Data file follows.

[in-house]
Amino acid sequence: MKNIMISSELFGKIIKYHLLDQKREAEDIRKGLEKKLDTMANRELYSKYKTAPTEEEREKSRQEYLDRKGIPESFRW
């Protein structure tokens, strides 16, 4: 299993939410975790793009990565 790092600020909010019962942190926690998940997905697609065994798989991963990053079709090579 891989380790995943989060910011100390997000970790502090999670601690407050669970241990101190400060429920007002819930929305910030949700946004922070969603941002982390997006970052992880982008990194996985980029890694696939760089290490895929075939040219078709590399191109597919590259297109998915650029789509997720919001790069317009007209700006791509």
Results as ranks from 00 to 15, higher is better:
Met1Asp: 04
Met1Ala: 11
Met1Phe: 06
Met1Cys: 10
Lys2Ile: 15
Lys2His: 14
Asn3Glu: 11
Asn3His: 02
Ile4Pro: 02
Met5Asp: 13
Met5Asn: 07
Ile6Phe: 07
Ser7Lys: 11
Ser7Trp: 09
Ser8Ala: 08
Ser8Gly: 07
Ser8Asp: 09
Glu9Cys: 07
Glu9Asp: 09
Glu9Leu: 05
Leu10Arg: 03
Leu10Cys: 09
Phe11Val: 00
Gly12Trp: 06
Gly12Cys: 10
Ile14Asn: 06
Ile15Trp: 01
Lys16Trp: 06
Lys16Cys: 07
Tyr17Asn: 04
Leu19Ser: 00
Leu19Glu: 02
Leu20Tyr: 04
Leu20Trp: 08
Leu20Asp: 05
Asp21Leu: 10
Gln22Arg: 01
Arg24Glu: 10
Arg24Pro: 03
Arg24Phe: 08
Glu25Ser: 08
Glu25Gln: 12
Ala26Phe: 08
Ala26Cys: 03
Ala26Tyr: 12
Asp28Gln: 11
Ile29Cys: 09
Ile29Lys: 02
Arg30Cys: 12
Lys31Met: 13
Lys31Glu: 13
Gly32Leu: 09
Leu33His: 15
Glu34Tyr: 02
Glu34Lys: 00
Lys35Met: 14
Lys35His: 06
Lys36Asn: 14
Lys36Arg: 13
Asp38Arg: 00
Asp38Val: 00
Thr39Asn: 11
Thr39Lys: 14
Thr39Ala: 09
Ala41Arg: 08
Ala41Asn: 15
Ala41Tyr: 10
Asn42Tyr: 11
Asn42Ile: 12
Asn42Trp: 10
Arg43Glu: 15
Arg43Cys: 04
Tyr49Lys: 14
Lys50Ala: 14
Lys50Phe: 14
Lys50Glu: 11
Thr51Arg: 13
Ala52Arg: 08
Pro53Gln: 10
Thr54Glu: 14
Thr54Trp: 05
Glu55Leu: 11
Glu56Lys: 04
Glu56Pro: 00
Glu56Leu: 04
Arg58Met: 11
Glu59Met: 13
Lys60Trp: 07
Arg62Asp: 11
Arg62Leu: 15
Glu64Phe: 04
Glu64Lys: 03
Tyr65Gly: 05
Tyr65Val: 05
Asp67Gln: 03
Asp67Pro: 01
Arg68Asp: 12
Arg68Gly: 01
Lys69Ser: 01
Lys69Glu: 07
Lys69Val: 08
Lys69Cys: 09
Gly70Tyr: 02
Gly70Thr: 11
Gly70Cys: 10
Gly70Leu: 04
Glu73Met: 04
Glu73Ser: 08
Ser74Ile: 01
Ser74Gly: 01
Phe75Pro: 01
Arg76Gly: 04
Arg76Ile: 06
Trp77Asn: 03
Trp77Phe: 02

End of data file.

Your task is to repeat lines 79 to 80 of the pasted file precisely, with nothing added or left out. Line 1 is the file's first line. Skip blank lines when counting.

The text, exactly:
Lys50Phe: 14
Lys50Glu: 11